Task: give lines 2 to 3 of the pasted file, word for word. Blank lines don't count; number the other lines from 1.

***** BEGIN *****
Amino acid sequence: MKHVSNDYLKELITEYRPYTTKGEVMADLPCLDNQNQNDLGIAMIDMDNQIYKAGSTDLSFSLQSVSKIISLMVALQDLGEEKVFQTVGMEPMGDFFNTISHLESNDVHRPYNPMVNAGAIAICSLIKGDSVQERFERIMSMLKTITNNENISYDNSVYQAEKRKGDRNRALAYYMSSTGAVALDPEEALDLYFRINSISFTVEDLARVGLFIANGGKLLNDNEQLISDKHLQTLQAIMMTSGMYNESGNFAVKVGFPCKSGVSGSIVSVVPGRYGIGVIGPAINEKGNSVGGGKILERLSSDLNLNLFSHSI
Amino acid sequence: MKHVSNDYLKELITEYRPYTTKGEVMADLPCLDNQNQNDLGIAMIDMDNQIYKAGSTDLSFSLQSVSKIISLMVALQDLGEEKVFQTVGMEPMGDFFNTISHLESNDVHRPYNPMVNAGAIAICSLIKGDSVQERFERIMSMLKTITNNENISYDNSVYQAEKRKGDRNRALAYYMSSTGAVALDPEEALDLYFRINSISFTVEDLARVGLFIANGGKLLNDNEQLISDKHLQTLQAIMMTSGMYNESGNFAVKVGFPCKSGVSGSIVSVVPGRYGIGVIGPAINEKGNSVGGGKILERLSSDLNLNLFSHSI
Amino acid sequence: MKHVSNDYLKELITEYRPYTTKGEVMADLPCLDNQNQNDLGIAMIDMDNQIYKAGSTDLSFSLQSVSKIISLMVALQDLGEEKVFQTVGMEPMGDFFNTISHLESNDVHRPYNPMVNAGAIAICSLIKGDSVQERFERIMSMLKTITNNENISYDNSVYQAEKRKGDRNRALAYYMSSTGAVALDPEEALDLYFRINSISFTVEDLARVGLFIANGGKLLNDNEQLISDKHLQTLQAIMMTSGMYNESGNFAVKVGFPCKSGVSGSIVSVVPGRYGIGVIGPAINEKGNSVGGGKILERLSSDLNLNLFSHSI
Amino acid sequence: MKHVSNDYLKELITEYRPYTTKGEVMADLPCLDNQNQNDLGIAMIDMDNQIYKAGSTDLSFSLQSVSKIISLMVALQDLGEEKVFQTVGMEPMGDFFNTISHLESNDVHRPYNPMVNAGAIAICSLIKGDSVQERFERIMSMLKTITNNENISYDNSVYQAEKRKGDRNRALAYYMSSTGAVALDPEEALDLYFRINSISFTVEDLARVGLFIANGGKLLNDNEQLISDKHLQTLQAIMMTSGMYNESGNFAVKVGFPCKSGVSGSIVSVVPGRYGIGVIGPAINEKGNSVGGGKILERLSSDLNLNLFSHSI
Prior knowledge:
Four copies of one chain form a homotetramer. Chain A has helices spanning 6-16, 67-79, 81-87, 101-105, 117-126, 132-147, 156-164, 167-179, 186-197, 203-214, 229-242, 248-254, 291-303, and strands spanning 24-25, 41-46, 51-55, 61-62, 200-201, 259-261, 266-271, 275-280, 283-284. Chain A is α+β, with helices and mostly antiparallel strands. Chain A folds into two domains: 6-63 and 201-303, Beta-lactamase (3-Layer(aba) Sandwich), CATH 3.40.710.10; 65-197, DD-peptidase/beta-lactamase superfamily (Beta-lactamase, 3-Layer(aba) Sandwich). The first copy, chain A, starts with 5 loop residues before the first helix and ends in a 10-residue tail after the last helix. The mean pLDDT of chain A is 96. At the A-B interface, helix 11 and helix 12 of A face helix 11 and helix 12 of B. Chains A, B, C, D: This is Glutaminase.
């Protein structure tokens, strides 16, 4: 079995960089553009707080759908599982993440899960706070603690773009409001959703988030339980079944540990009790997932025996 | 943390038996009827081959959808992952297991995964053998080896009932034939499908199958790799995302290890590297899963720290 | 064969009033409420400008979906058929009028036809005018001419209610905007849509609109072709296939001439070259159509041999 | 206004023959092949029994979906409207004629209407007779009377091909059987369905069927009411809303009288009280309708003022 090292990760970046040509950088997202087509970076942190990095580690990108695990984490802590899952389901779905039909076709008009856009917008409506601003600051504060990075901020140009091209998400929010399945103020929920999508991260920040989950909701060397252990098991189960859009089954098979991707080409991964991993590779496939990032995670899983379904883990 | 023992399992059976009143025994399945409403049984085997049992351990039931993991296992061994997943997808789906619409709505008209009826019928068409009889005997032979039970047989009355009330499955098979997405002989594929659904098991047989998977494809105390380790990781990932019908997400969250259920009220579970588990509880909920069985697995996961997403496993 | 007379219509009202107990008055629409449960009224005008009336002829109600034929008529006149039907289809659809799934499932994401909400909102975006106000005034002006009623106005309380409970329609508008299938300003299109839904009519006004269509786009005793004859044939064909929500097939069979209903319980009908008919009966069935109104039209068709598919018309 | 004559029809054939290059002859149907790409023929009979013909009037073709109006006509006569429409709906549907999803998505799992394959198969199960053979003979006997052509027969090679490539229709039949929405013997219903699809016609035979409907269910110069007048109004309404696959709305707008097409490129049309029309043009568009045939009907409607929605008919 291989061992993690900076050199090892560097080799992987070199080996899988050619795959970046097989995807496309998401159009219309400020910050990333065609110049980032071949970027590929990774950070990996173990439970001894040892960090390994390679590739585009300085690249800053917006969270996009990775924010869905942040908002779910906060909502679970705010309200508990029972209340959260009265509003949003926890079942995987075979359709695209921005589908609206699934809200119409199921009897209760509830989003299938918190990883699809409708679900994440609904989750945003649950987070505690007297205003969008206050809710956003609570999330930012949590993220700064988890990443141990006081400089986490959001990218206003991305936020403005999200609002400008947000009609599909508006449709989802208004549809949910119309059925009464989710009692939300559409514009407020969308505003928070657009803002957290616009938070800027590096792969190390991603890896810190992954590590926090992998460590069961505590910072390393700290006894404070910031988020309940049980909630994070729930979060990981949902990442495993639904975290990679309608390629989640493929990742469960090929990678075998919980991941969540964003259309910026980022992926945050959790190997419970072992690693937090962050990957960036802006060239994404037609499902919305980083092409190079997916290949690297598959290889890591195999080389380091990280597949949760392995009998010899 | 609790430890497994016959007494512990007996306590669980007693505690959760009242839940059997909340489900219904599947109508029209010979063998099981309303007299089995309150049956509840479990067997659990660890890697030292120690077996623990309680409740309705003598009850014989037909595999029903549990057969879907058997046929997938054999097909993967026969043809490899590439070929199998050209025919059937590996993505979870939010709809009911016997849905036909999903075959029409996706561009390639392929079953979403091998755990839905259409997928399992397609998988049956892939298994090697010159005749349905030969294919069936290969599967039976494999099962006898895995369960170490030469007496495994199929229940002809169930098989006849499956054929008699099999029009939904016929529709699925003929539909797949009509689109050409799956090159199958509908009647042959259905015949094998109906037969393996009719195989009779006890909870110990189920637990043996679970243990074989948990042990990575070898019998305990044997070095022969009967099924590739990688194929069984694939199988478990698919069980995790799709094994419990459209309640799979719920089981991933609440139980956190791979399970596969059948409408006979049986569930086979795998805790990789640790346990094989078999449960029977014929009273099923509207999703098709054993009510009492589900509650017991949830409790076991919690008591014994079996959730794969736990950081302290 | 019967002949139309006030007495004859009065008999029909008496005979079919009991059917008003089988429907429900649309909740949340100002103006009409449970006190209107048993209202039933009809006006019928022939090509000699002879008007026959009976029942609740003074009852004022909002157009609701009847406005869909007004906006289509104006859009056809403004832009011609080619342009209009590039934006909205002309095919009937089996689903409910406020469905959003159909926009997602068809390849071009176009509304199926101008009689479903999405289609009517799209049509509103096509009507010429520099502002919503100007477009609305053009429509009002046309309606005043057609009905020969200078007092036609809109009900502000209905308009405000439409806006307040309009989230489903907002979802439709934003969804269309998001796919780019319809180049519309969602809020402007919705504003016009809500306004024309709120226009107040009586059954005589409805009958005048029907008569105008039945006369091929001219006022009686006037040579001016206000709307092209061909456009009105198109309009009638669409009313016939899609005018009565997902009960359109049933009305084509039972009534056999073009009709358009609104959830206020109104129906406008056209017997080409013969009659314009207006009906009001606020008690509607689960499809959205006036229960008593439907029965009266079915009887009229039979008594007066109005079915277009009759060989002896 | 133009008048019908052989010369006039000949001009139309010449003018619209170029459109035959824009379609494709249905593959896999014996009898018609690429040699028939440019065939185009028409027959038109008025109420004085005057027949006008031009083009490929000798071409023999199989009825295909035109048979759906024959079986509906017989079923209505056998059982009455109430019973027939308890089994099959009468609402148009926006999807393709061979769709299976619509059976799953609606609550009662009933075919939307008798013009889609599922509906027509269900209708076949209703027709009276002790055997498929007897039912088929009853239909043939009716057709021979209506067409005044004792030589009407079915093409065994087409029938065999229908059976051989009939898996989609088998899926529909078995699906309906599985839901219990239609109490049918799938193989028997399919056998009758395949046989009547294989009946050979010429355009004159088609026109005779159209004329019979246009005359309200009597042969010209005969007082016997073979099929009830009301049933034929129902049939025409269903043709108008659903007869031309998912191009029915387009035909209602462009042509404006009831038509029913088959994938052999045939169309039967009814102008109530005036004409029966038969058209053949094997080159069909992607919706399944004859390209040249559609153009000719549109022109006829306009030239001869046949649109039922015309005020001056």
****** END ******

Amino acid sequence: MKHVSNDYLKELITEYRPYTTKGEVMADLPCLDNQNQNDLGIAMIDMDNQIYKAGSTDLSFSLQSVSKIISLMVALQDLGEEKVFQTVGMEPMGDFFNTISHLESNDVHRPYNPMVNAGAIAICSLIKGDSVQERFERIMSMLKTITNNENISYDNSVYQAEKRKGDRNRALAYYMSSTGAVALDPEEALDLYFRINSISFTVEDLARVGLFIANGGKLLNDNEQLISDKHLQTLQAIMMTSGMYNESGNFAVKVGFPCKSGVSGSIVSVVPGRYGIGVIGPAINEKGNSVGGGKILERLSSDLNLNLFSHSI
Amino acid sequence: MKHVSNDYLKELITEYRPYTTKGEVMADLPCLDNQNQNDLGIAMIDMDNQIYKAGSTDLSFSLQSVSKIISLMVALQDLGEEKVFQTVGMEPMGDFFNTISHLESNDVHRPYNPMVNAGAIAICSLIKGDSVQERFERIMSMLKTITNNENISYDNSVYQAEKRKGDRNRALAYYMSSTGAVALDPEEALDLYFRINSISFTVEDLARVGLFIANGGKLLNDNEQLISDKHLQTLQAIMMTSGMYNESGNFAVKVGFPCKSGVSGSIVSVVPGRYGIGVIGPAINEKGNSVGGGKILERLSSDLNLNLFSHSI